Damned Statistics

WordPress helpfully provide me with statistics. Number of views, visitors, even what countries they come from and sources of referral where a link was clicked from elsewhere.

I’ve been looking at them from time to time to try and get a handle on what’s going on out there. I trust the statistics. You can never be quite sure if these things are 100% accurate but for the purposes of this argument I shall assume this is so.

I have chosen to “follow” five blogs. Violet makes me smile and the other four (deborahlove, Robert Okaji, Shadows of Iris, Thoughts and Views) have poetry that I have enjoyed reading. I actually like them. I only have so much time and will not “follow” more blogs than I care to read.

I have a couple of “followers” who do not seem to have actually viewed or read anything I have written, and a bunch of “likes” that are similar. Out of interest I have had a look at most of them. A couple are self-publishing authors. It’s not hard to run through a list of blogs on the WordPress front page and click “like” and “follow” indiscriminately. There may even be software available that will do it for you. What they have got out of me is a view, which boosts their own statistics, and exposure to their self-promotion and advertising. Their books look terrible. And the pattern of blog posting they employ appears to me to be following a prescriptive template likely to have been learned on some social media marketing course or other.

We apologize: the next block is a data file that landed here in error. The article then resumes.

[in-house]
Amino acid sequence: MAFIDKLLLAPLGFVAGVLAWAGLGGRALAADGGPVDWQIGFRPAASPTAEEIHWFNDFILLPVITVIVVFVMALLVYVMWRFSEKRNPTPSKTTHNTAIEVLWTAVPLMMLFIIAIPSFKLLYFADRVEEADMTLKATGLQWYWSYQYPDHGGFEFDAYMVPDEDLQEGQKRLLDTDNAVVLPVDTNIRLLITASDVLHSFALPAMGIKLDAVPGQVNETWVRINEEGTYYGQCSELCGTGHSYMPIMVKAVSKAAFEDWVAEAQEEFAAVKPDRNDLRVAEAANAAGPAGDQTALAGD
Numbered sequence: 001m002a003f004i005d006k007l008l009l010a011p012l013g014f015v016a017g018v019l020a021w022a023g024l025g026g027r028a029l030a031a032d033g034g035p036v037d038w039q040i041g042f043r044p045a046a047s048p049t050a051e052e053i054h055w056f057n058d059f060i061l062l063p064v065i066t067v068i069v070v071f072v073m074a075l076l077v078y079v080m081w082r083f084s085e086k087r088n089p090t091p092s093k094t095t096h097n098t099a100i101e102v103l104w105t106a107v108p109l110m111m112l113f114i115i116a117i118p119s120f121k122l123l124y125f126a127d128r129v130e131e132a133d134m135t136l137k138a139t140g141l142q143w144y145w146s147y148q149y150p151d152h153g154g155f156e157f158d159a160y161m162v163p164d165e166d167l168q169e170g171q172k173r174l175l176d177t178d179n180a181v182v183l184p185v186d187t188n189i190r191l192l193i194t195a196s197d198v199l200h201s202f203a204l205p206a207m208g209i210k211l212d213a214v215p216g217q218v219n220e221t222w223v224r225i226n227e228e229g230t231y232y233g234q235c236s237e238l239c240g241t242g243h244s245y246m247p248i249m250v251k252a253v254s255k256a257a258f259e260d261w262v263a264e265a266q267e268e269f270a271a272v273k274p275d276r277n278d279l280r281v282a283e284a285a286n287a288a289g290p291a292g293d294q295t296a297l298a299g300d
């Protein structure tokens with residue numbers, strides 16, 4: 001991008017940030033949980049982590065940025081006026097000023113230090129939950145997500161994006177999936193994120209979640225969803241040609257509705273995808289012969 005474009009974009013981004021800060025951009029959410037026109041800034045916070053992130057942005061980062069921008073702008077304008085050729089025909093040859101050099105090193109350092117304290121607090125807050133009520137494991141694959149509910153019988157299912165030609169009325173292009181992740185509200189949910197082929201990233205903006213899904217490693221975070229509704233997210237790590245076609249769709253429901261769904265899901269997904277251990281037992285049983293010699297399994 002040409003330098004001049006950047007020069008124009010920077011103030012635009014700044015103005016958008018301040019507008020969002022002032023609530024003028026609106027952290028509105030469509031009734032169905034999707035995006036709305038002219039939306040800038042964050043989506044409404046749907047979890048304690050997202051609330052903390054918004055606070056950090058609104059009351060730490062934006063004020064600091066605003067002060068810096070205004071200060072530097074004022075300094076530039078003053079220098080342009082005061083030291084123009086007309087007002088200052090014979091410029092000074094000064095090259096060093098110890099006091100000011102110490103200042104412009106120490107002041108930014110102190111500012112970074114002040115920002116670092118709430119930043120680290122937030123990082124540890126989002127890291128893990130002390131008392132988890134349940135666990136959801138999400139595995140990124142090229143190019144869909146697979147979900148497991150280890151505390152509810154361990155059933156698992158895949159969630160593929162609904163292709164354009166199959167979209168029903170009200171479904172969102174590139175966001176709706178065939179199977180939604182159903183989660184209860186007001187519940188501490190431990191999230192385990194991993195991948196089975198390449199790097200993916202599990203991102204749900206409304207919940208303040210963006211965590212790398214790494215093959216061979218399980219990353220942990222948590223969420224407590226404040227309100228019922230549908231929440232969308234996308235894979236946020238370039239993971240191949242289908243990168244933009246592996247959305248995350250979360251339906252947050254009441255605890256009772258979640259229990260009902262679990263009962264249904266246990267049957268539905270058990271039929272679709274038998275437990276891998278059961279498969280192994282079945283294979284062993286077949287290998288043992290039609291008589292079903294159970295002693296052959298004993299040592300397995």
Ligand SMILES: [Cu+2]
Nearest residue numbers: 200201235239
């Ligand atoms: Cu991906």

It’s the internet equivalent of cold calling.

Well, screw that. Most advertising and marketing relies on a basic principle that humans operate transactionally. And our emotions are duped. Especially in this arena where the currency is “like” and “follow”.

It would be interesting to know how much credence external advertisers place in the statistics for views, likes and followers on blogs as evidence that their paid plugging will actually be seen. If they have any sense they will only pay “per click” of course, for actual traffic, in which case the chasing of artificially inflated statistics is quite pointless.


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